I should have figured that something was afoot in the barn. The old shepherd guy was spending much too much time down here with us. (If you haven’t guessed it already, this is Brie, reporting from the barn for the flock.)
First, we figured the old guy was here because of the weather. Over the last month the temperatures have bounced from balmy to cold. There is so much snow up against the barn that when it warms up the melting snow tries to flow through parts of our place. The old guy was busy trying to make sure we kept dry (which was nice of him!). That’s why we weren’t too surprised to be seeing lots of him. Then he started getting either grumpy or fussy or both. He spent an entire day just shoveling a path from the door out to the manure storage, all the while mumbling about how there was too much snow on the slope to even get the skidloader anywhere near to help. Then, lacking his mechanical help, he spent three days shoveling out the bedding in the lower portion of the barn. That’s when the veterans knew that something was up. They started whispering about “shearing”, not that we youngsters understood.
Once the lower part of the barn was squeaky clean, the shepherds moved in a large flat board, a slotted table and all sorts of other stuff. The next day a bunch of strangers started showing up in the barn. Before we knew it these people herded us into a pen next to the cleaned up area. Over the next two days we all got sheared. Here’s me, in with the rest of the girls, waiting for the the inevitable.
It soon became apparent that the old shepherd was first taking each of the pregnant girls out of the pen for shearing. That was nice of him, because those girls are getting a bit uncomfortable. That took the entire morning and into early afternoon. Once they were finished with each of us, the ewe got to eat breakfast back in the main pen, while the rest of us watched and waited. Later in the afternoon it was my turn. I didn’t exactly know what to expect, but it all happened so quickly I hardly had time to think about it. The shearer treated me nicely and gently, but he also didn’t give me an opportunity to object. So here I am, just getting started with my first ever shearing.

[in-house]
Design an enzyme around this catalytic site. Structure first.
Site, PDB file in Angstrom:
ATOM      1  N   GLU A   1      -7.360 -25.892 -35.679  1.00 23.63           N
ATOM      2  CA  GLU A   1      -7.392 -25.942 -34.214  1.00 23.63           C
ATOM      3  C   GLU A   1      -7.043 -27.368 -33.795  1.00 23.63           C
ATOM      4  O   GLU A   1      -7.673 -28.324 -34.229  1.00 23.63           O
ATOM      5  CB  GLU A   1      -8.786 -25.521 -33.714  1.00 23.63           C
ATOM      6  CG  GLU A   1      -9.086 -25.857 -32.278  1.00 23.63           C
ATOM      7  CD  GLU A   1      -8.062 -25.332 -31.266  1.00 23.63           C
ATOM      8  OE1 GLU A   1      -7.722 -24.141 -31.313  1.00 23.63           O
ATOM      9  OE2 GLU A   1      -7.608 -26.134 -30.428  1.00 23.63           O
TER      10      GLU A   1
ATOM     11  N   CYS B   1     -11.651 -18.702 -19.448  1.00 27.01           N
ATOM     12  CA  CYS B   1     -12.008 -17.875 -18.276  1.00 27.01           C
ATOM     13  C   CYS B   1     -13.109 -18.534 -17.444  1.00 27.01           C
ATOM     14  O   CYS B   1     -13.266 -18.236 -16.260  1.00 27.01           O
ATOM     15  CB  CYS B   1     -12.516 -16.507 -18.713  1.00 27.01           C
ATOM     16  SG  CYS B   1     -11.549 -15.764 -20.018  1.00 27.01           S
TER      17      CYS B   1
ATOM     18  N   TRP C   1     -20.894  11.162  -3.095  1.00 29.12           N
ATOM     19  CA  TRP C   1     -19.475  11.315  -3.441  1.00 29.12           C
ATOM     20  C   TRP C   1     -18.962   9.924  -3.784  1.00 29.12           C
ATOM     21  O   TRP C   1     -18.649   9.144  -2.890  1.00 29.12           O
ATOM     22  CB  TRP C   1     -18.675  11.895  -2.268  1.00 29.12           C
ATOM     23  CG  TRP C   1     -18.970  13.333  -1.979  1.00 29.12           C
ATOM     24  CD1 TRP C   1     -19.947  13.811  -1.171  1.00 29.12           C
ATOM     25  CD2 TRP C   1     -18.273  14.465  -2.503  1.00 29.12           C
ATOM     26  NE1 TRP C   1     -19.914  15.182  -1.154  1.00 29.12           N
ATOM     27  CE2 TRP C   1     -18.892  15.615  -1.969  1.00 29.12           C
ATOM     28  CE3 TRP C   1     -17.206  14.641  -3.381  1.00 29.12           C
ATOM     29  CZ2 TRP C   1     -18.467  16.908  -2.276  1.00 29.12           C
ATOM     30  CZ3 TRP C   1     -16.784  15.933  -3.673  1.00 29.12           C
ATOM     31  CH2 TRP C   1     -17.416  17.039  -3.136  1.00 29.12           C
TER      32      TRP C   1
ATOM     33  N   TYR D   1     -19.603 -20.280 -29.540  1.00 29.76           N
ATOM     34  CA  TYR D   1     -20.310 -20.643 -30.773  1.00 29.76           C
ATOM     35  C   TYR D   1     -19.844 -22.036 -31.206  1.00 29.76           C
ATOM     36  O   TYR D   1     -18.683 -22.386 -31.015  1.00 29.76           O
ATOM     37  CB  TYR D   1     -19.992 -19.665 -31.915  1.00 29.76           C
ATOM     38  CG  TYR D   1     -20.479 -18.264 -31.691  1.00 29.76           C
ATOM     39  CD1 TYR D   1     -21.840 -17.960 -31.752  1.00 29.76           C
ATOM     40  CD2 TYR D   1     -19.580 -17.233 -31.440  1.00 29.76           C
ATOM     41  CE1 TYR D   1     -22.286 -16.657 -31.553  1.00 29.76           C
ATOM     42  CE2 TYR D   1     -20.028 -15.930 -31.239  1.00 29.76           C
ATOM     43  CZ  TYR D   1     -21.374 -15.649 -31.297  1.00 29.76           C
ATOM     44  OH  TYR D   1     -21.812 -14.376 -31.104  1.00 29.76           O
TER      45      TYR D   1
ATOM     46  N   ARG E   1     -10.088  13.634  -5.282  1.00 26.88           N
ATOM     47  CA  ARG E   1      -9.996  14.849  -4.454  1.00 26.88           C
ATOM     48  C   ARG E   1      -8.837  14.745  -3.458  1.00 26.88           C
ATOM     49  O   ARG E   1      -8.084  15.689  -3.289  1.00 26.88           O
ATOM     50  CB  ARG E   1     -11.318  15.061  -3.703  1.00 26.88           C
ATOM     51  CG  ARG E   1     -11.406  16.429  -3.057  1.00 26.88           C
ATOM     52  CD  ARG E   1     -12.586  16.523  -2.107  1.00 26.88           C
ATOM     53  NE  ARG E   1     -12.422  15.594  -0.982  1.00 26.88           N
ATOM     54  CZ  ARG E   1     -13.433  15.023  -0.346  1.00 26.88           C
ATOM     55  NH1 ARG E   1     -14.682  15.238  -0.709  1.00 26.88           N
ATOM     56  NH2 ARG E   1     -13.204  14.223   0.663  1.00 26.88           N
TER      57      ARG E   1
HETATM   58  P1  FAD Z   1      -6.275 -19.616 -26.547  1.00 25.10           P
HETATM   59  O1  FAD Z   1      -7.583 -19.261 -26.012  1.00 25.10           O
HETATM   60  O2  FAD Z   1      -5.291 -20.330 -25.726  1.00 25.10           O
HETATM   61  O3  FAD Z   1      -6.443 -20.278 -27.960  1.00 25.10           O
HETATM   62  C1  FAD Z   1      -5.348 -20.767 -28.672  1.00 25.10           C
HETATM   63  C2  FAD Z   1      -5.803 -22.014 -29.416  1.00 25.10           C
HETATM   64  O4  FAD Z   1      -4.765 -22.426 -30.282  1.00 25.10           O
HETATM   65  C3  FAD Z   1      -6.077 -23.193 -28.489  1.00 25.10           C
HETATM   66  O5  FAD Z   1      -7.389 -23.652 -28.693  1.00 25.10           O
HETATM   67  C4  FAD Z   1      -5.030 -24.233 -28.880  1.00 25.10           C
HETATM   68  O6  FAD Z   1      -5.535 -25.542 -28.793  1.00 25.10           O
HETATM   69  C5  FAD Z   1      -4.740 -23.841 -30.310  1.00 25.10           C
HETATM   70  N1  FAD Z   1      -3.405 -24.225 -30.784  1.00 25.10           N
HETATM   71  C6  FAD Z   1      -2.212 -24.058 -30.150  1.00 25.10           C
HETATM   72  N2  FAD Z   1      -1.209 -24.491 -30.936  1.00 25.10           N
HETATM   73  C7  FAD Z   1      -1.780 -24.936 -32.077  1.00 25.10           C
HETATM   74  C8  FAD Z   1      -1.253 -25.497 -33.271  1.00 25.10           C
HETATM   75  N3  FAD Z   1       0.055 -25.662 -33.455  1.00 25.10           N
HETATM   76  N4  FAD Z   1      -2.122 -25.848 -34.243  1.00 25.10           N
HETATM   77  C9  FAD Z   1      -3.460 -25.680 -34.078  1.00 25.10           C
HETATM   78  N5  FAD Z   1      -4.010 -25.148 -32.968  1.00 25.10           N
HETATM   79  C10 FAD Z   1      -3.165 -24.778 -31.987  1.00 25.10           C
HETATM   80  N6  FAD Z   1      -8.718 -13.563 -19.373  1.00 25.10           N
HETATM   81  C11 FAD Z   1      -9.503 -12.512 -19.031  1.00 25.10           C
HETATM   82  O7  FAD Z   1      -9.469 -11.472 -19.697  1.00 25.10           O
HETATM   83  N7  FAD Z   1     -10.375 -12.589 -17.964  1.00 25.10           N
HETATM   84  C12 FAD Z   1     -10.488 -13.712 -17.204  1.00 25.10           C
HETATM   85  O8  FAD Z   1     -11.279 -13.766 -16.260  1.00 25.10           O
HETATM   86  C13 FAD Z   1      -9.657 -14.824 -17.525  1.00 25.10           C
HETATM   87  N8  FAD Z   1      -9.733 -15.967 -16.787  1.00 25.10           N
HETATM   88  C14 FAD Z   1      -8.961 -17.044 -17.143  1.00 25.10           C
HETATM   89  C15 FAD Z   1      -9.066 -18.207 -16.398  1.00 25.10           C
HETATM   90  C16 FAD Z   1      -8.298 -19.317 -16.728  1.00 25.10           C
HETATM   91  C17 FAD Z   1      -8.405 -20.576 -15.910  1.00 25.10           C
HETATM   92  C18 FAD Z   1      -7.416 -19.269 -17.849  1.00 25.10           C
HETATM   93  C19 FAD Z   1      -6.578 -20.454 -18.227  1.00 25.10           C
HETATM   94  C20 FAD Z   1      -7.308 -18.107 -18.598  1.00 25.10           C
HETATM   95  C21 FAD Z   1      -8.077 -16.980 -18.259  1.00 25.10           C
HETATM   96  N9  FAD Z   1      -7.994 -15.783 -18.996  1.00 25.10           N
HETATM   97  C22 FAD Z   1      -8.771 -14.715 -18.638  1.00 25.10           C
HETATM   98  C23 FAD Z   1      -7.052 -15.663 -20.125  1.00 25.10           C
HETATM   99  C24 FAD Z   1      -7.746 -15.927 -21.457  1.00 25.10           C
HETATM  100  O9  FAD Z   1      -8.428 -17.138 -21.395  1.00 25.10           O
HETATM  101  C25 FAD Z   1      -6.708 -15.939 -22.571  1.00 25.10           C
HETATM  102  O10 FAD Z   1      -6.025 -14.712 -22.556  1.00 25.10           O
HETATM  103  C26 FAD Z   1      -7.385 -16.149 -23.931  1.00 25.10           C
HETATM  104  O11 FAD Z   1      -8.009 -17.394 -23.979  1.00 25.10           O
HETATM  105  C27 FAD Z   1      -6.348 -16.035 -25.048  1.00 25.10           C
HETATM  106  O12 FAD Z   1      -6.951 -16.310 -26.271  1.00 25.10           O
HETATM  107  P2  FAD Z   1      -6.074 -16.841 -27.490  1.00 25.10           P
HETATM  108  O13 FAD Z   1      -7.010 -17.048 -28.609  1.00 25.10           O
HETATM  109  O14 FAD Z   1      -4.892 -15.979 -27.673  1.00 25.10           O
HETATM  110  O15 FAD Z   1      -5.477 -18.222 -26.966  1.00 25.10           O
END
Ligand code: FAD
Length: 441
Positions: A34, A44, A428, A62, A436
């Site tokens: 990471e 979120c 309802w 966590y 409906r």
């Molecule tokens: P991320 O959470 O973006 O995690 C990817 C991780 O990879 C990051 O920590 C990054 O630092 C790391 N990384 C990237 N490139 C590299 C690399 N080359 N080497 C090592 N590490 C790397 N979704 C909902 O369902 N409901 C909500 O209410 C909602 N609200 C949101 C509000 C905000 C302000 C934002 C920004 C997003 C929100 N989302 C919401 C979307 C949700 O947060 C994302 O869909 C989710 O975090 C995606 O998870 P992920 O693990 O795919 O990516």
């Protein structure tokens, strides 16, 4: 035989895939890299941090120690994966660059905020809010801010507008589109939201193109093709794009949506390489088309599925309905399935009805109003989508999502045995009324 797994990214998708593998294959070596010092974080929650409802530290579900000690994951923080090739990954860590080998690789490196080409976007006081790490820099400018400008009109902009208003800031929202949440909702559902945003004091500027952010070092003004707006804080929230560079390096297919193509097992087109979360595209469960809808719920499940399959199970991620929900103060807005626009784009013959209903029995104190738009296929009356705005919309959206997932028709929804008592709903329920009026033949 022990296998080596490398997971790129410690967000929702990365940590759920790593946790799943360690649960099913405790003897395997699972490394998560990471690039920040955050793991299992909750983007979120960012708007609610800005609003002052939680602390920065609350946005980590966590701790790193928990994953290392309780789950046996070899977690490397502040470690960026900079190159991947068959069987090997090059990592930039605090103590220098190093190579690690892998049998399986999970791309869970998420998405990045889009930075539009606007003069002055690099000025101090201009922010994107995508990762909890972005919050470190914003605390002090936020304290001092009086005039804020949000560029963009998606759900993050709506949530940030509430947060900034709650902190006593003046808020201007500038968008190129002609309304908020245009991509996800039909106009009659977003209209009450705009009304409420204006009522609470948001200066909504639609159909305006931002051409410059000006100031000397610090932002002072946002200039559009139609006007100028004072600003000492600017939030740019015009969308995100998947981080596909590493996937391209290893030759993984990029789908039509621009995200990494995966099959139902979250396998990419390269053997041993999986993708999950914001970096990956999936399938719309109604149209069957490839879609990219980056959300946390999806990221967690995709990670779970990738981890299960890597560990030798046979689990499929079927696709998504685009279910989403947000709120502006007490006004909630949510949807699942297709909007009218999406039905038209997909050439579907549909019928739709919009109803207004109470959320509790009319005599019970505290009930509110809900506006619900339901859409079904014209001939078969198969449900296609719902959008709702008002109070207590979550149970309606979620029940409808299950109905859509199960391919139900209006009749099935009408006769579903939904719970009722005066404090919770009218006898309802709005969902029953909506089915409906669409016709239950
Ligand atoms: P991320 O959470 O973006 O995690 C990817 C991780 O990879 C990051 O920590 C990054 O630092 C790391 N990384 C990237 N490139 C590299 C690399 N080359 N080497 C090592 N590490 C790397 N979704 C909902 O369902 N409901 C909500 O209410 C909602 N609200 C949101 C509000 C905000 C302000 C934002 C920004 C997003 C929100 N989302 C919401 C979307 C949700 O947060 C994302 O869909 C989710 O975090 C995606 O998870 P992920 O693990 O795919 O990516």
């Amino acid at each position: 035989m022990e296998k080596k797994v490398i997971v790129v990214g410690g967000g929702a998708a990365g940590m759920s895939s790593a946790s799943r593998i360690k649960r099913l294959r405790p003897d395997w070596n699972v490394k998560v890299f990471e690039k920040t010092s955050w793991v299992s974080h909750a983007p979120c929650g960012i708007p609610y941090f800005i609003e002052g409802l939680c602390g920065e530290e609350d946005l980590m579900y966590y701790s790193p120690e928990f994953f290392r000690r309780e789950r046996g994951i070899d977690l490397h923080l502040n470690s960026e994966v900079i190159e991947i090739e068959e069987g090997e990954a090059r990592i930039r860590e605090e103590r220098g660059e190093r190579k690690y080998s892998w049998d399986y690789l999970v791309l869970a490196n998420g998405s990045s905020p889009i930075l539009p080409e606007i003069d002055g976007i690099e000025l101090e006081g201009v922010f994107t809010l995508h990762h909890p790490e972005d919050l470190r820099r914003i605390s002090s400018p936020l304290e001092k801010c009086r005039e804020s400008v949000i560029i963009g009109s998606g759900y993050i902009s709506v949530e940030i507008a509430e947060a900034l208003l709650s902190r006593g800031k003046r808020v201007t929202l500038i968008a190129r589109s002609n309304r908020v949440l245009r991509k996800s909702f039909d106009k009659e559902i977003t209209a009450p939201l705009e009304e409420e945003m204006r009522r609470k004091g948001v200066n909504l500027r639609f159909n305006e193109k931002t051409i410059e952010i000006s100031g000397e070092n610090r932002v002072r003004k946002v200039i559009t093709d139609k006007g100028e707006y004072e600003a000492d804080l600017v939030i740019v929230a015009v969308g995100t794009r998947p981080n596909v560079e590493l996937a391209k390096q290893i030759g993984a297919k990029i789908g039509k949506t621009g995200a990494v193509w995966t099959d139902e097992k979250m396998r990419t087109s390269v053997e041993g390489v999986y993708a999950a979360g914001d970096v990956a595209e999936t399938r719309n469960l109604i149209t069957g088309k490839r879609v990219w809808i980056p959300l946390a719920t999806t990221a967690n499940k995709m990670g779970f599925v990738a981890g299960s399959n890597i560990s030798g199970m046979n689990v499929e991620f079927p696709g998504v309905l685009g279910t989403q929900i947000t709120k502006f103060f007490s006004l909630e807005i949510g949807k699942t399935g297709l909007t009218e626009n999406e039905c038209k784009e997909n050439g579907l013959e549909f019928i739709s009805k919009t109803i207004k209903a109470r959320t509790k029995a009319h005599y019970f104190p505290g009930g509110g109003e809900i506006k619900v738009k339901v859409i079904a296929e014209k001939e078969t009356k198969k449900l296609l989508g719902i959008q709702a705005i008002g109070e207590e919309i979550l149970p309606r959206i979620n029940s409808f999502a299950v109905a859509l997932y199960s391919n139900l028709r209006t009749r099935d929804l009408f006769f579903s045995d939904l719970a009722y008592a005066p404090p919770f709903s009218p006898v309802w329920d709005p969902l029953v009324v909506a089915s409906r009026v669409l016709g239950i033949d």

Before I knew it I was a few pounds lighter and headed for a late breakfast (or was that brunch?). I briefly caught a view of the nice lady shepherd and a friend picking up my fleece and elegantly throwing it out on the slatted table next to where I was sheared. I had seen enough and got the heck out of there (I was hungry too!)
Later on, after I had eaten, I watched them do the same thing with the next fleeces. Up on the table the nice lady and her friend proceeded to pull the dirty wool away from the main fleece. Once they were finished they had the best of my wool all sorted and in a bag with a label that said “Brie”. The wool that had some hay mixed in went into a separate bag (they said it was for “machine cleaning and spinning”) and the wool from my legs and belly went into the “garbage bag”. Anyway, here’s what my fleece looked like on the table before the two ladies went at it.
By the time they were working on my fleece, the shearer was busy shearing another one of us. This went on for the better part of two days. Two days after that we all got our booster shots. Those of us who are not pregnant even got new clean jackets. Now they are finished; all the extra folks are gone: life is back to normal, sans fleeces. (I am sorry, but there are no pictures of me post-shearing. I am, after all, just a bit modest!)
It was nice of the shepherds that they waited until the weather was not so cold. Even so, it took a couple of days to adjust. They have made it as comfy as possible, and closed up the barn enough so that the next snow storm didn’t blow inside. As you may have heard, there are a bunch of the girls who are pregnant. Without their full fleeces you can really see who they are. Rumor has it that the new lambs will begin arriving in a little over a week. By the sounds of it, that means that we will be seeing a lot more of those old shepherds in the very near future. That’s about it for now.